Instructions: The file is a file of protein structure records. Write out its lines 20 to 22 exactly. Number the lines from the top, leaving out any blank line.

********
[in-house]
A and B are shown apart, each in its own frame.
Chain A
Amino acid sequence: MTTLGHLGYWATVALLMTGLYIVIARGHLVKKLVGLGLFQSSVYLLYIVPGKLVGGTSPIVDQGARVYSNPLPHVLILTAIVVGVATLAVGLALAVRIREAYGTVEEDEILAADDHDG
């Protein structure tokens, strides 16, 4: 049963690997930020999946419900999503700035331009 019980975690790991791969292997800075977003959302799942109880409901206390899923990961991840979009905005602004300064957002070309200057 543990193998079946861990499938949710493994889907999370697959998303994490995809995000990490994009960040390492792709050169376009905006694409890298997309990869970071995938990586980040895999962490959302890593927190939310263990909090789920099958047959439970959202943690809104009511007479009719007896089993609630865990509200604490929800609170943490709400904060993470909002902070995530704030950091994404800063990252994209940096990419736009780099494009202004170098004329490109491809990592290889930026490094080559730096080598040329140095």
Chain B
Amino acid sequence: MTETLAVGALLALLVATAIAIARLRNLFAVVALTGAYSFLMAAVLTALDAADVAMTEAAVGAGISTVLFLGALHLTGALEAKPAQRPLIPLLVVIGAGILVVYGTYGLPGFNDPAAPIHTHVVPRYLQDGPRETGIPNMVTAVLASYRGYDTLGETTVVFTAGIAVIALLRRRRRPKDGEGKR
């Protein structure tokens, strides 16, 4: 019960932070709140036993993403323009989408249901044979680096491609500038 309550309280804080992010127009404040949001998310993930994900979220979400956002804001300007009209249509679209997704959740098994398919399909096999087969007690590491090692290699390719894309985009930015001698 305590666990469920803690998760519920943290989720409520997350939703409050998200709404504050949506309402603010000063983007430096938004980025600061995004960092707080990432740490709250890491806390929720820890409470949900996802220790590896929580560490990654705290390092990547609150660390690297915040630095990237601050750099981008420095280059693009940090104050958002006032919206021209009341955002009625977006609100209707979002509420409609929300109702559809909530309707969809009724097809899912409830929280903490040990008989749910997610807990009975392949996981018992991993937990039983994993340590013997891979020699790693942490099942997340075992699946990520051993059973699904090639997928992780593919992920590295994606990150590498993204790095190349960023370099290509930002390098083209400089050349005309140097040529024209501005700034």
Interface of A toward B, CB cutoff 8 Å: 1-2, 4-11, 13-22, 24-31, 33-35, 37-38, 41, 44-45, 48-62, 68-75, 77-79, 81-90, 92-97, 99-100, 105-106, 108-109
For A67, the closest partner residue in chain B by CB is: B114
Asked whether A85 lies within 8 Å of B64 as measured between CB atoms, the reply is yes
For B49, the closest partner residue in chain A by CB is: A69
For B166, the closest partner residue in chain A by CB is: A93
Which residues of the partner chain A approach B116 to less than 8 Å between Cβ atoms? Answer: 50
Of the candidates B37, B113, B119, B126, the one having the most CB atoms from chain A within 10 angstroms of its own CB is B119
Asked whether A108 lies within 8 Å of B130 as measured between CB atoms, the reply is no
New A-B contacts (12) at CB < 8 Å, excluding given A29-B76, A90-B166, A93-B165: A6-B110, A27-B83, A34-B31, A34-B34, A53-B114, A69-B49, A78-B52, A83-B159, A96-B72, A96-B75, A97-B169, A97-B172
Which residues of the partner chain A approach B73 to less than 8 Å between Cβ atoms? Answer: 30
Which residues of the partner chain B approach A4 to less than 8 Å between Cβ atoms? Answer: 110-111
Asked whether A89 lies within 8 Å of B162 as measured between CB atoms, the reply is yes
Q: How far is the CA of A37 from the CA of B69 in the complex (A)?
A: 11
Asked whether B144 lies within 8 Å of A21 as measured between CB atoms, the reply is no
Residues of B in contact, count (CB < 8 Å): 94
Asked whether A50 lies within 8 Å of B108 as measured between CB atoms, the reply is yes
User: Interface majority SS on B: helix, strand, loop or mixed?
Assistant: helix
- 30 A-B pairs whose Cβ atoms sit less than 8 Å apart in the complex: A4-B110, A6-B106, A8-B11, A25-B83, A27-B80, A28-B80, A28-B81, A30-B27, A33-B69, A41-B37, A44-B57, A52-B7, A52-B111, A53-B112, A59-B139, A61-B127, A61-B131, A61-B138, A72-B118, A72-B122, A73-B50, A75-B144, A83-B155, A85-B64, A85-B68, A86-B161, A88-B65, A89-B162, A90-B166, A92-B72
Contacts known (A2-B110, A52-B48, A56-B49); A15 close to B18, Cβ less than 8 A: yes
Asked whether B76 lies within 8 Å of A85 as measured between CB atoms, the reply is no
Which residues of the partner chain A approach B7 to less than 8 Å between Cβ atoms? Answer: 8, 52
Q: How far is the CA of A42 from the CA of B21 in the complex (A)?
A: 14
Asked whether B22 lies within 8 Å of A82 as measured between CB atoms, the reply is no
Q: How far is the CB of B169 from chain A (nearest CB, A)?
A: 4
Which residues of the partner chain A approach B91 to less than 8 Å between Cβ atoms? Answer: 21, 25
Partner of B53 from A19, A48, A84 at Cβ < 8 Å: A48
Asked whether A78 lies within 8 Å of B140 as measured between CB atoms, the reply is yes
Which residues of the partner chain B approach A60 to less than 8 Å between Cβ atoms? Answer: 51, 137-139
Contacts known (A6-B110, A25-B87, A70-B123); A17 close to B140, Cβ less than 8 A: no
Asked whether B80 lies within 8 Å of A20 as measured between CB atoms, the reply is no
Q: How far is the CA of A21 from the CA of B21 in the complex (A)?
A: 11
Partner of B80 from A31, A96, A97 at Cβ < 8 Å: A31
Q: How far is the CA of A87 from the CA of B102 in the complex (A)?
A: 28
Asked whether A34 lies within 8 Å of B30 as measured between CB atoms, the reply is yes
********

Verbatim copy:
Asked whether A89 lies within 8 Å of B162 as measured between CB atoms, the reply is yes
Q: How far is the CA of A37 from the CA of B69 in the complex (A)?
A: 11